14/04/2014 00:32 Some thoughts post-SpaceApps 2014

If you know of a better medium for this purpose, please let me know. For a type of precedent to this document see here. I write this in the belief that even some quick, unfiltered thoughts are better than nothing: a little more reflective & retrievable than social media documentation. Or maybe you’ll find this “article” entirely unnecessary: old school, a regression into an old format. Is this type of information/attempt at contextualisation even necessary? Or would it have been more meaningful for everyone for me to just upload the two 15sec videos I took of Space Apps Volunteers dancing a slow kalamathkianos to Giorgos’s (correct?) spontaneous karaoke: “pai3e mou diplopenia & o minas exei enia”?


Today I bit into two apples & finished neither of them, had a mini sneakers-type snack that was perfect at that moment, consumed one (redbull-branded) paper-cup of Sprite with vodka (absolut), & lots of water. Speaking of which: although I came to the hackathon wanting to work on the Coastal Inundation challenge (i.e. on warning & management systems to do with water-related natural disasters), I didn’t end up working on that or any other NASA project directly. Even so, closely related to my initial intention and what I feel was my most significant contribution during the whole two days was that I played a role in completely opening up access to the (dwindling) supply of water-bottles towards the end of the event. Things weren’t too bad: there was a water dispenser around the corner which would have worked as a last resort. Still it was crucial to secure everyone’s immediate access to water (i.e. that of a great number of exhausted, excited, over-caffeinated, & vodka & redbull-drinking & generally dehydrated people).

The fact that amidst all that wonderful creative, p2p, collaborative chaos, & amidst all the talk about openness, open data & open access, we almost collectively defaulted to a system that restricted access to water, is going to keep me thinking for quite a while. Even so, given my initial direction for a commons-management, water-related project, for me this is another example of hackathon serendipity (see hackcyprus12 report cited above for a discussion of another type of default access restriction as an apparent community default).

So many good things have & will continue to come out of this weekend. Beyond & behind the project work there were so many things happening, most of which will have serious but not measurable impact. That’s what I’ve come to find more interesting.

Unlike previous times: this time we did manage to create a situation where people stood up & explained to everyone else what they were interested in & what they were working on early on on the first day. It was a bit of a rough ride but I know for a fact that when this happens it radically impacts how information is shared, whether & what kind of culture of collaboration is established, & how projects form & develop.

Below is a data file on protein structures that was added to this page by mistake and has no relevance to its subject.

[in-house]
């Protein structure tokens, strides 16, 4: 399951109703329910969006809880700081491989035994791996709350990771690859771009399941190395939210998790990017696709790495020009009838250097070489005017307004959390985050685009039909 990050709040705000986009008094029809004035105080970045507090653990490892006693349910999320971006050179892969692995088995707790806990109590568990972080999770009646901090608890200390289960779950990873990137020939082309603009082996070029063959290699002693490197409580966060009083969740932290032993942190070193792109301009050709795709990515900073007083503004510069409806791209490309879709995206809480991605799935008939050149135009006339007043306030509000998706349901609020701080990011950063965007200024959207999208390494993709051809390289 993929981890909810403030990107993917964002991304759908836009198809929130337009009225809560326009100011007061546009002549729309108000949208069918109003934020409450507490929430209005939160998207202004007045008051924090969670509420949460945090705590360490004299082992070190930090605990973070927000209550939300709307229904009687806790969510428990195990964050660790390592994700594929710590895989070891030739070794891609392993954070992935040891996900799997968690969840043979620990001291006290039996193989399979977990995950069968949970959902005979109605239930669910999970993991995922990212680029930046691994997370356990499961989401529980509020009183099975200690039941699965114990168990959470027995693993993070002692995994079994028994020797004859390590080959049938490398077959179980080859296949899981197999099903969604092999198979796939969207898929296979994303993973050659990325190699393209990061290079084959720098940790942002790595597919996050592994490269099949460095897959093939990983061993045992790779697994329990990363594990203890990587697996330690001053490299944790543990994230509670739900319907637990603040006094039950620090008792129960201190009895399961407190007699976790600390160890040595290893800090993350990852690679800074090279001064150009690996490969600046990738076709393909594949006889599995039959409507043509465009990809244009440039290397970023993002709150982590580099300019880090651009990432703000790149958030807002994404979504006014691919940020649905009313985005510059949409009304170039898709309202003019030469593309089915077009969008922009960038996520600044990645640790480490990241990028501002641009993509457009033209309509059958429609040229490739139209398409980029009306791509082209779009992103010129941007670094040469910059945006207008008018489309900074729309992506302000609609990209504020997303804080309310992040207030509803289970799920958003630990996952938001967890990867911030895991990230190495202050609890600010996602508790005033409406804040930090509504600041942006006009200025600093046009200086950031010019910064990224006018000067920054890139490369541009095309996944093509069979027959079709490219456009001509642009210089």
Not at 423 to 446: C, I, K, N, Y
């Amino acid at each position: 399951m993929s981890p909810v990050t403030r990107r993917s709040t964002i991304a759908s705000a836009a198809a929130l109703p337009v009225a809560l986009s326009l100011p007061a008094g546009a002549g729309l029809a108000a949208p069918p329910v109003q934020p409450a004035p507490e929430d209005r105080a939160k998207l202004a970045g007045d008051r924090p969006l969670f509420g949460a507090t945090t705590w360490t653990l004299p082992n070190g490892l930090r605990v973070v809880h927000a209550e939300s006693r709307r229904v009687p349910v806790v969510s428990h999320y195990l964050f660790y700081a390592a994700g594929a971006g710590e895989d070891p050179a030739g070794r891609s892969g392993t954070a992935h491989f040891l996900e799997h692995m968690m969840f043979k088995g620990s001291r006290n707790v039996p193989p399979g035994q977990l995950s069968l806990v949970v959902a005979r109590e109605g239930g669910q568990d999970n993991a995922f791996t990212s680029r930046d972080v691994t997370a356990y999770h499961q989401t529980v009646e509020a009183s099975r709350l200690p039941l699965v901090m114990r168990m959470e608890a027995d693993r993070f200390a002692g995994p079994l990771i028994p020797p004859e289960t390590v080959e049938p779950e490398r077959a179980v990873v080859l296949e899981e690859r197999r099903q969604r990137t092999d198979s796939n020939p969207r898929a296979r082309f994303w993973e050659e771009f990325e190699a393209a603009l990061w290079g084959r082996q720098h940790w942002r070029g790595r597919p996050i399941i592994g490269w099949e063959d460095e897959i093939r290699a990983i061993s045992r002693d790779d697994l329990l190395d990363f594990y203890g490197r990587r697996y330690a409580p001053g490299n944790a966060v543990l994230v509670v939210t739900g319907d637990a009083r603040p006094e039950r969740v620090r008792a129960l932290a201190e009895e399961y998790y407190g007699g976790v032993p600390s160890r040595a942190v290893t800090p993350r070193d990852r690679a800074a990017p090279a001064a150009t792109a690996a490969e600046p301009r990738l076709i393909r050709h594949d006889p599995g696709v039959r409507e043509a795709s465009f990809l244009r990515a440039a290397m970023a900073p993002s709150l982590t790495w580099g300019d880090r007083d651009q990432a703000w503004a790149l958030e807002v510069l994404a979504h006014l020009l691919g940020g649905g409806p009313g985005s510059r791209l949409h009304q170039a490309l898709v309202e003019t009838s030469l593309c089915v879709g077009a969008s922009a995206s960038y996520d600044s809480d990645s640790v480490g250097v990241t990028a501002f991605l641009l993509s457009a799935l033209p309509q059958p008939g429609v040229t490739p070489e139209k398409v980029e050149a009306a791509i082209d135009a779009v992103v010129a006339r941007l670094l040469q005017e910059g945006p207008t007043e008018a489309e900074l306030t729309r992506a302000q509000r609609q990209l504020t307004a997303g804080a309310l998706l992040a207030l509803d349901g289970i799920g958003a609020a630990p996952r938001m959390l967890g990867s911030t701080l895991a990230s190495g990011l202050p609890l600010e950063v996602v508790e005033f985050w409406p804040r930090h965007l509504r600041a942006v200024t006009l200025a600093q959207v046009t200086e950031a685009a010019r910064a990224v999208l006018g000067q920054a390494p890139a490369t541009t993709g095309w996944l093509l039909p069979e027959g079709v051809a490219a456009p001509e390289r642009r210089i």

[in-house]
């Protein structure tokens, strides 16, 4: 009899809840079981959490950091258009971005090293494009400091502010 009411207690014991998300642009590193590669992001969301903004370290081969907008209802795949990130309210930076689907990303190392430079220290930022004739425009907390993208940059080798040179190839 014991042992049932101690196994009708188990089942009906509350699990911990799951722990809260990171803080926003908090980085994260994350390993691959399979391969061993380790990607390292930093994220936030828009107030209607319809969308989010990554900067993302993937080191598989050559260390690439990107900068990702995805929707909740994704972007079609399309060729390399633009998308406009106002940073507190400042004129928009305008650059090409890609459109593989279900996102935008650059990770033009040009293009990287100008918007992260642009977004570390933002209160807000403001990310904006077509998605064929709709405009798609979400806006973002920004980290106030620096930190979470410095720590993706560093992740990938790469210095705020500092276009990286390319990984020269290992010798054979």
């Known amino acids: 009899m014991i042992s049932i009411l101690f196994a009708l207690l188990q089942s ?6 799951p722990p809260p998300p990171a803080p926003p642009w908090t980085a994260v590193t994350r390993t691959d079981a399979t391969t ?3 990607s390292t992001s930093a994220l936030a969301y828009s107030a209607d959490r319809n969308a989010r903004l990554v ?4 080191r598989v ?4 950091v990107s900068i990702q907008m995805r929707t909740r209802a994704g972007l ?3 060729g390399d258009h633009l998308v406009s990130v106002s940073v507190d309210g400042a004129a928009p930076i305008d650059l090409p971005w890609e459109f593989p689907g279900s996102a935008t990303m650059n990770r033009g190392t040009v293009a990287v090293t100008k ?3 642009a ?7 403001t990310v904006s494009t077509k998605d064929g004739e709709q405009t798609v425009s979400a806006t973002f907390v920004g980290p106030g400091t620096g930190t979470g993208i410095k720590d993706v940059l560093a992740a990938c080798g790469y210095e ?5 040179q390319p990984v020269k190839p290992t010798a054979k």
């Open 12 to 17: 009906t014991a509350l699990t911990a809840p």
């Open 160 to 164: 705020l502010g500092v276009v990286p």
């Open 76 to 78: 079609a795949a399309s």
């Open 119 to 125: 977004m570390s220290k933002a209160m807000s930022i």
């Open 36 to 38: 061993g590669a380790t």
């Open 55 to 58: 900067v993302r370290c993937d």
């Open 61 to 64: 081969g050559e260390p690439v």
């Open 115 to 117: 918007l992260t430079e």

It seems that some groups/individuals didn’t come up in the end to present their work. We didn’t have nearly the number of people, the number of projects, or the sense of momentum we had last year. This could mean that things were a little bit more serious this time round. More constrained. That people – myself included – were less willing to take risks. This isn’t necessarily a bad thing, just something to learn from & think about. (Edit: There was also reported decline of momentum for hackcyprus*14).

I’m especially interested in the role / the emergence of the Cyprus Space Exploration Organisation in giving things a more serious character – is this not a case where a grassroot initiative may be inevitably becoming institutionalised? Of course so far it could be argued that CSEO isn’t far from the grassroots itself, even so I don’t think it can stay that way for long. Can / should a CSEO type of organisation stay sustainably open? The internal organisational challenge to pull such a thing off would be a great task. I doubt whether they/we, as an extremely young community have the maturity for this.

At the same time the whole thing was fresh. And there an awe-inspiring amount of hard work took place. See projects submitted here: https://2014.spaceappschallenge.org/location/nicosia/

I’m finding it tremendously interesting that there were three projects with a focus on data visualisation, out of which two dealt with “Climate and my neighbourhood” and that a majority dealt with environmental issues! Who would have thought!

There’s many things I’d like to bring up:

– the type of presentation.

Scarabeo, for example, a project about collecting space debris didn’t respond to a specific NASA challenge, was exceptional in being what I thought the only truly mature & thought through presentation that was aware of its own issues). It was also exceptional in defying the start-up logic almost all of the other presented projects felt they had to abide by.

– ..



Notes for later:

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